Torch - Spring 2017


The History of Music at Havergal By Trilby Kent, Class of 2001

Carol Service marking Havergal’s 90th anniversary at Roy Thomson Hall, 1984.

A sk any Old Girl about her memories of school and—more likely than not—music will figure in her reply. From mastering the melodically unorthodox Vitai Lampada Tradens in Prayers, to learning the jaunty Forty Years On for Candlelight, Havergal students mark their days (and years) to music. The school’s earliest musical highlights involved excursions to Massey Hall, where students heard Paderewski and Rachmaninoff play, and visits from such eminent performers as Ruby Gordon and the contralto Clara Butt. Old Girls would later recall impressive harpsichord recitals during the war years by Greta Kraus, a refugee from Vienna who came to teach at Havergal in 1941. And in 1950, a production of Iolanthe marked the first time a theatrical event was enhanced by the musical contributions of “excellent male talent” from brother schools. However, it was in the 1970s that music at Havergal truly came of age. When Elisabeth Muir arrived at the school in 1968, there was just one choir and a piano group. As impressive as the piano department was, Muir was determined to develop equally strong Choral and Orchestral programs. A new choir was established and the first choir trip took place in 1971.

“I organized seven choir tours to Britain, singing in such majestic places as Westminster Abbey and York Minster,” she recalls. “But, I was especially proud to resume connections with our sister school, Cheltenham Ladies’ College (CLC)—Havergal’s founding fathers had poached Ellen Knox from CLC to be the school’s first Principal in 1894. In total contrast, we gave concerts in remote Astley, the hometown of Frances Ridley Havergal.” Muir’s greatest pride was establishing Havergal’s annual Carol Service. This event, which usually took place at Havergal, was staged at Roy Thomson Hall in December 1984 to mark the school’s 90th anniversary; an event that was repeated in December 1993 for the centennial celebrations. At the turn of the new millennium, owing to a dramatic swelling in attendance, Carol Service was relocated from the Brenda Robson Hall to St. Paul’s Bloor Street church. In 2016, the event was live-streamed for the first time, making it possible for Old Girls around the world to share in this perennially popular tradition. “The response was excellent,” says Lynn Janes, Havergal’s current and retiring Head of Music. “So many Old Girls could watch from their dorm rooms as many were still writing and preparing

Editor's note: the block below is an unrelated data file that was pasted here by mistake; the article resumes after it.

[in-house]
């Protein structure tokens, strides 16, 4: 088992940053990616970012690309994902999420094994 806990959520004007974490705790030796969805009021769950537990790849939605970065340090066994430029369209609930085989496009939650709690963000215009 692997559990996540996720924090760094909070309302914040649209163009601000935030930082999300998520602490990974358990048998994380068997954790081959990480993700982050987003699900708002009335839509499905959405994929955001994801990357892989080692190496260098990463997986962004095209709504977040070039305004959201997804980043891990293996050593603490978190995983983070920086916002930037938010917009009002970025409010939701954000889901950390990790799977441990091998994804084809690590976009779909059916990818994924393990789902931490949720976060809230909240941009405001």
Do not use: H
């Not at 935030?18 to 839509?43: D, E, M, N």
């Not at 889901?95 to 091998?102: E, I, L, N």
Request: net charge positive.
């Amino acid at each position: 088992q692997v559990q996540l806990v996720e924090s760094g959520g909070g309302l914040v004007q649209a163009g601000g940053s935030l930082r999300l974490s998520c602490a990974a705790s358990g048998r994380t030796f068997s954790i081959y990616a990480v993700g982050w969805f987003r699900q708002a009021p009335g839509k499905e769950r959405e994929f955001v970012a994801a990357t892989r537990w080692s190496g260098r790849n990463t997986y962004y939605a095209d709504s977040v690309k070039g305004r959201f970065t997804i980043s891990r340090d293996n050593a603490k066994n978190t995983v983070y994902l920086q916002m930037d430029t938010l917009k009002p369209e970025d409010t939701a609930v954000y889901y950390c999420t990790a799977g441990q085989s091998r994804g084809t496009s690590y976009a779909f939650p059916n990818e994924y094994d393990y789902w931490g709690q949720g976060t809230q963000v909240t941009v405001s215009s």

SPRING 2017 • TORCH 25

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